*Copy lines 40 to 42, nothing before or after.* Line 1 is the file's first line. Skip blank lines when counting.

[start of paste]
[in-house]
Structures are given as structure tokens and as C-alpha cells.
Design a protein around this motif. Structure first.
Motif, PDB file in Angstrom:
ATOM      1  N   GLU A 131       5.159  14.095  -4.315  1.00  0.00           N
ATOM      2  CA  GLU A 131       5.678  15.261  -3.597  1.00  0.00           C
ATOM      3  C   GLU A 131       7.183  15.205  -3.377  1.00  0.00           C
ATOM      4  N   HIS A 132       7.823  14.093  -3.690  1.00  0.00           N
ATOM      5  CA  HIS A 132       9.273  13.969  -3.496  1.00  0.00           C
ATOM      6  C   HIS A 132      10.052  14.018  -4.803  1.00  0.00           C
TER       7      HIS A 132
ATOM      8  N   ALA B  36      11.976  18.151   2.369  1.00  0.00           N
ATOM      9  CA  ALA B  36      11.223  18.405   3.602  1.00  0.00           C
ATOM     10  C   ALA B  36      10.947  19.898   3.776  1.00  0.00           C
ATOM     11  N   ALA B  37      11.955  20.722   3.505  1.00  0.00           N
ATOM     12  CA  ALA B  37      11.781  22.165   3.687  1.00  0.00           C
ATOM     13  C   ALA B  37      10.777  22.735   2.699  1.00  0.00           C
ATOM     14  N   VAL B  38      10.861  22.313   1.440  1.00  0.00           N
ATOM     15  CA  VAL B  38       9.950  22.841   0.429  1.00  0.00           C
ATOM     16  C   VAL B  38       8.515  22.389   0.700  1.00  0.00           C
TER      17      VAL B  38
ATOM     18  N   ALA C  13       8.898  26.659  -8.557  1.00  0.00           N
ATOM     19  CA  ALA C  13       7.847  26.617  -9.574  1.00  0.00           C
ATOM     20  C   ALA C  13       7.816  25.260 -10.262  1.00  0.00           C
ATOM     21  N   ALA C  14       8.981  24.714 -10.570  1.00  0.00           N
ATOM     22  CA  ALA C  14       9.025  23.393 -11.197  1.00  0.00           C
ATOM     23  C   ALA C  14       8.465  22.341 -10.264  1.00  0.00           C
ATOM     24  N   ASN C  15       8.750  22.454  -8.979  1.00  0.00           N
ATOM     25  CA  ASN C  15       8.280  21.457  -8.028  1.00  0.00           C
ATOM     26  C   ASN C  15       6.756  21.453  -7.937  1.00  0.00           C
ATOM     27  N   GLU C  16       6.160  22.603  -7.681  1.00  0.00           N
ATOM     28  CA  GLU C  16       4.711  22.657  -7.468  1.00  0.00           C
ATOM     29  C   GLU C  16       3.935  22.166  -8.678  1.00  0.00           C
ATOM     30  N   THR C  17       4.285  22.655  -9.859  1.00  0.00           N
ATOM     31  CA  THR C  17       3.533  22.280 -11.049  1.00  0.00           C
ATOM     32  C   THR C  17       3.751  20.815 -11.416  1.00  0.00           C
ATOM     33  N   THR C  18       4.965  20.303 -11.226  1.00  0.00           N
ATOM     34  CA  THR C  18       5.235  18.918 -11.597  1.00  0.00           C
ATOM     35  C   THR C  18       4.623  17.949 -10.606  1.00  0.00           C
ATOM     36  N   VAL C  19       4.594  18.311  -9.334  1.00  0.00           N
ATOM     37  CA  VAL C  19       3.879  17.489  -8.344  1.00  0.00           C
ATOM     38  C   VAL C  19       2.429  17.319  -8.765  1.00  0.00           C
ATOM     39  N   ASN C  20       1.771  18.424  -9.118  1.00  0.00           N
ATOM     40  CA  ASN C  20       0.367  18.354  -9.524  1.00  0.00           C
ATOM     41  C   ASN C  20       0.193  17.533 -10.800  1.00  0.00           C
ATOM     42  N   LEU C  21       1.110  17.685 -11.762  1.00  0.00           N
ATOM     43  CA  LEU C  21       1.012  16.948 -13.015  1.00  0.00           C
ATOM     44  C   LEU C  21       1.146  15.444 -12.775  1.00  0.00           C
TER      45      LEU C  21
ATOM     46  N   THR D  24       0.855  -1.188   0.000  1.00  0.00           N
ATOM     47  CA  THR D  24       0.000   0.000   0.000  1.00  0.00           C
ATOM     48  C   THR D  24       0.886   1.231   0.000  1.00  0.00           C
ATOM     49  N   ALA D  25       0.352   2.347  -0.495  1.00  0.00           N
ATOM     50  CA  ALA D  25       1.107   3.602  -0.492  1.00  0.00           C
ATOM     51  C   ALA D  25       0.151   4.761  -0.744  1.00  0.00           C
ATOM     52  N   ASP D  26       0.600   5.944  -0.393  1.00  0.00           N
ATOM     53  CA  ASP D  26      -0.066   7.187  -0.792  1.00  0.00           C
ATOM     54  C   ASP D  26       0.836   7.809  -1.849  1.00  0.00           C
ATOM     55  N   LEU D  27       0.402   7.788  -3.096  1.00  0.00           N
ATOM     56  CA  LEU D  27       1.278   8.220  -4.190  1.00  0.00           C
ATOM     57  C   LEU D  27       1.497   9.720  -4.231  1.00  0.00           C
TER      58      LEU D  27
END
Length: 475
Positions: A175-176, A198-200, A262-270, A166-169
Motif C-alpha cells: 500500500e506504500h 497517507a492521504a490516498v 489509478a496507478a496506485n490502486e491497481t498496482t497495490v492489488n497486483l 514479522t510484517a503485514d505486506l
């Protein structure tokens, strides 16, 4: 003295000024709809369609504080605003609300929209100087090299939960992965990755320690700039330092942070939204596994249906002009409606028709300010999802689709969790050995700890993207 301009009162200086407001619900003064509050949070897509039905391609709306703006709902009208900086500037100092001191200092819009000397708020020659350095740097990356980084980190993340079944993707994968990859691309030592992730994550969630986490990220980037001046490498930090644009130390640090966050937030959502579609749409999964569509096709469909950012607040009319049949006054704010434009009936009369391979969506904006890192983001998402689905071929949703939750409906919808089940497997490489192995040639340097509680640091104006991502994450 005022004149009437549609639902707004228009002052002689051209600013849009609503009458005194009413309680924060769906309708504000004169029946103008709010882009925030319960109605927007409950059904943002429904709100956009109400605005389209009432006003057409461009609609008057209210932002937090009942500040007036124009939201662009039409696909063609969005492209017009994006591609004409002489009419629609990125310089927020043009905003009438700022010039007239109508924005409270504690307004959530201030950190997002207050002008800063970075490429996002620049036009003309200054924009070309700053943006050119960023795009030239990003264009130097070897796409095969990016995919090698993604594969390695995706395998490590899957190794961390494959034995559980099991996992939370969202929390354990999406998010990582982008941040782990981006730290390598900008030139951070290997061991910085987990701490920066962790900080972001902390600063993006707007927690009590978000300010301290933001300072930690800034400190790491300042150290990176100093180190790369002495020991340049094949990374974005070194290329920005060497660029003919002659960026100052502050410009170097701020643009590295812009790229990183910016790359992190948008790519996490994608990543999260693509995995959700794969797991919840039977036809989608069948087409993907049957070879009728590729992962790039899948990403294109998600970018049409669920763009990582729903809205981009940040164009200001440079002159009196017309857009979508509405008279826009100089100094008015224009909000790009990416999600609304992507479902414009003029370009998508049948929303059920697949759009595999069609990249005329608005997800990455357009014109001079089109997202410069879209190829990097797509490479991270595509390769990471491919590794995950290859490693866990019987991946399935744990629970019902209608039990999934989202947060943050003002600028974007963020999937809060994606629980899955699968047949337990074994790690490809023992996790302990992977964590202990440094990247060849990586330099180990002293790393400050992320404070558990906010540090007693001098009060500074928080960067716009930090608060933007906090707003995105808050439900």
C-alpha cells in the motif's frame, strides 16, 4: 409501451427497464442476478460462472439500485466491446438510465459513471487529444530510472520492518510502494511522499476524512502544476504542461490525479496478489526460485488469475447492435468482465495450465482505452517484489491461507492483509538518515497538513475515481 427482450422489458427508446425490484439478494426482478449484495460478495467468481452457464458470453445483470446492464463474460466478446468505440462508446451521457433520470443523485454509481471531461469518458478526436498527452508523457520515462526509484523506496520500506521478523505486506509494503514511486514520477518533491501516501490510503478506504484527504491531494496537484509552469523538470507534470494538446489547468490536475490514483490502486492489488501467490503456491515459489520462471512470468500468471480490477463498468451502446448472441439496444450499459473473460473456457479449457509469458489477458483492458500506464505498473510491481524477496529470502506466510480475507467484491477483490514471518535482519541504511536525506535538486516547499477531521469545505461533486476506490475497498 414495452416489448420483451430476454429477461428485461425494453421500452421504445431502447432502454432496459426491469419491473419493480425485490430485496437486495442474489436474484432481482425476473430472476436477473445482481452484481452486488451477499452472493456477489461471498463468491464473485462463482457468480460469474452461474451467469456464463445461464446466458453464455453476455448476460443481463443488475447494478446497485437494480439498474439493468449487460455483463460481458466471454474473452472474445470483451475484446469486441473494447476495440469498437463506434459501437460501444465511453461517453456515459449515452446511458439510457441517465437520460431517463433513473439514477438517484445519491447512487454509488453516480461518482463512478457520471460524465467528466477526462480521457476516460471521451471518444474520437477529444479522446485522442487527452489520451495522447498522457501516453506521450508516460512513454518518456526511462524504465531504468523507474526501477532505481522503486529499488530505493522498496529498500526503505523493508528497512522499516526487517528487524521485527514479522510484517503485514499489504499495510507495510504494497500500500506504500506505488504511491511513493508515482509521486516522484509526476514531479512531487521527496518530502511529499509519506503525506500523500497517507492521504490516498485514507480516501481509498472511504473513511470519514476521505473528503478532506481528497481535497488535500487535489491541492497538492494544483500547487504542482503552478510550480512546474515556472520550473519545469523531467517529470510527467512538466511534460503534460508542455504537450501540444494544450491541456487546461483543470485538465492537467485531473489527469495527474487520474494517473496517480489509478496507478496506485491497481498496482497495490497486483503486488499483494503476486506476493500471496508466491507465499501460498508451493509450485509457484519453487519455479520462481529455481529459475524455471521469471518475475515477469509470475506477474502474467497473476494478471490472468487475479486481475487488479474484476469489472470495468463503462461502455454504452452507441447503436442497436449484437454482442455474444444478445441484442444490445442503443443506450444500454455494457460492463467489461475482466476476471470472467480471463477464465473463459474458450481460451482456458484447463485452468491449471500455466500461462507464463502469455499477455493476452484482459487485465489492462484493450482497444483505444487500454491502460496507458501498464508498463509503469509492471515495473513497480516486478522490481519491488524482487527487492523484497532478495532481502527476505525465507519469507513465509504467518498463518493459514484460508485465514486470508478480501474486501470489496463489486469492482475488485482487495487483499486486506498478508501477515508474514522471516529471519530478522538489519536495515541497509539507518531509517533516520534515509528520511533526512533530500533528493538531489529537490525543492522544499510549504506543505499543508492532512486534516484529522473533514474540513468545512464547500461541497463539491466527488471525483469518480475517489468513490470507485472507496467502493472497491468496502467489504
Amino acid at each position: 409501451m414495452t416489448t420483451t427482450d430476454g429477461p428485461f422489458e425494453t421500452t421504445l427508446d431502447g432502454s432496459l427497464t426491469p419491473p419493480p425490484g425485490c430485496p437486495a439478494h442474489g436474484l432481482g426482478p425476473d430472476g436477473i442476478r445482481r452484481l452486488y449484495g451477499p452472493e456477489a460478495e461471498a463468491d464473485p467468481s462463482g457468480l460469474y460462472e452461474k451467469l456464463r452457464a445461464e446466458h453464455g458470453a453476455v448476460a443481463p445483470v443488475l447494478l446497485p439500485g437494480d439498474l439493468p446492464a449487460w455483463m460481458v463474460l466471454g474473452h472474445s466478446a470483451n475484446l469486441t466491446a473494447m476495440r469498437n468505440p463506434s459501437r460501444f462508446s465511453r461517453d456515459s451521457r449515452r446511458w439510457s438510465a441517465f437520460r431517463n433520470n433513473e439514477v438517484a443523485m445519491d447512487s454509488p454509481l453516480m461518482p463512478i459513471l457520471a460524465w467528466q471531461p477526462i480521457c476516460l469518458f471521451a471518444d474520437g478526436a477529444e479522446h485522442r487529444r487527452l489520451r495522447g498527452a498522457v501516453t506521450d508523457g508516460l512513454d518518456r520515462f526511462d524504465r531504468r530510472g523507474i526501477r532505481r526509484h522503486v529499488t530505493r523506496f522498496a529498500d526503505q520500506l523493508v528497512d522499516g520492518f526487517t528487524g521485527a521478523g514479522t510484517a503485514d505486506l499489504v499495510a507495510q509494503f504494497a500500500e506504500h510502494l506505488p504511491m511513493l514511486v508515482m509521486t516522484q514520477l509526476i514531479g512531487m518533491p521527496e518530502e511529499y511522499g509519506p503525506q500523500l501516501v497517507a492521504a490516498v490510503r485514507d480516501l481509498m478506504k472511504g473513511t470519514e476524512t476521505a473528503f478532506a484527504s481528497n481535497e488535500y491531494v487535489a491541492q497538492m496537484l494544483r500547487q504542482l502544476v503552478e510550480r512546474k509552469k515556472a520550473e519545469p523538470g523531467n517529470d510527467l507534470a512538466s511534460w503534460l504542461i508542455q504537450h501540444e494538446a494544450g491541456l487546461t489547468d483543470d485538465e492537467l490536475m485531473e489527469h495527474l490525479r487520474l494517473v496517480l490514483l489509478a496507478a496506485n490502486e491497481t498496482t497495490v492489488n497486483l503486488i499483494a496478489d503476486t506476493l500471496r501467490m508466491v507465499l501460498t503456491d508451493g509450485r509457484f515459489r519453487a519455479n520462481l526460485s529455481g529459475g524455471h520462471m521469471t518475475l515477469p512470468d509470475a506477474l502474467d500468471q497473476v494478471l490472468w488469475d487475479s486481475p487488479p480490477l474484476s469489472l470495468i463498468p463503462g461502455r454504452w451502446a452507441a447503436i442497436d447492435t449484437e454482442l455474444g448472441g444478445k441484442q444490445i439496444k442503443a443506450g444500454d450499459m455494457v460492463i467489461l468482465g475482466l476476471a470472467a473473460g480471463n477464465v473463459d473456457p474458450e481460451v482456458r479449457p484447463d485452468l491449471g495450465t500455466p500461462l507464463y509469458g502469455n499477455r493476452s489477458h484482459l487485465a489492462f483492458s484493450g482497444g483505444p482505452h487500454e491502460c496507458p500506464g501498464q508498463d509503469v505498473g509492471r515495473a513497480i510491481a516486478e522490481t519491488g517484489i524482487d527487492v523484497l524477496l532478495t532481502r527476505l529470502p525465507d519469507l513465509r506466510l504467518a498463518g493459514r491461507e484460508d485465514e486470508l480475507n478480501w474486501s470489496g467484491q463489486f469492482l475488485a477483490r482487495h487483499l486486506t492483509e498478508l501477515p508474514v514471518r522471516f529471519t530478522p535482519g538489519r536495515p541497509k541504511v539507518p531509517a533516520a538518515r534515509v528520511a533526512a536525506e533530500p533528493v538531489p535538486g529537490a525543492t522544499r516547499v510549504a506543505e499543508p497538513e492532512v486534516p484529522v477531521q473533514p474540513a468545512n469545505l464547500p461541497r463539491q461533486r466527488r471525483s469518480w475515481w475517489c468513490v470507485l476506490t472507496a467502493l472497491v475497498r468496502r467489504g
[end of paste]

ATOM     36  N   VAL C  19       4.594  18.311  -9.334  1.00  0.00           N
ATOM     37  CA  VAL C  19       3.879  17.489  -8.344  1.00  0.00           C
ATOM     38  C   VAL C  19       2.429  17.319  -8.765  1.00  0.00           C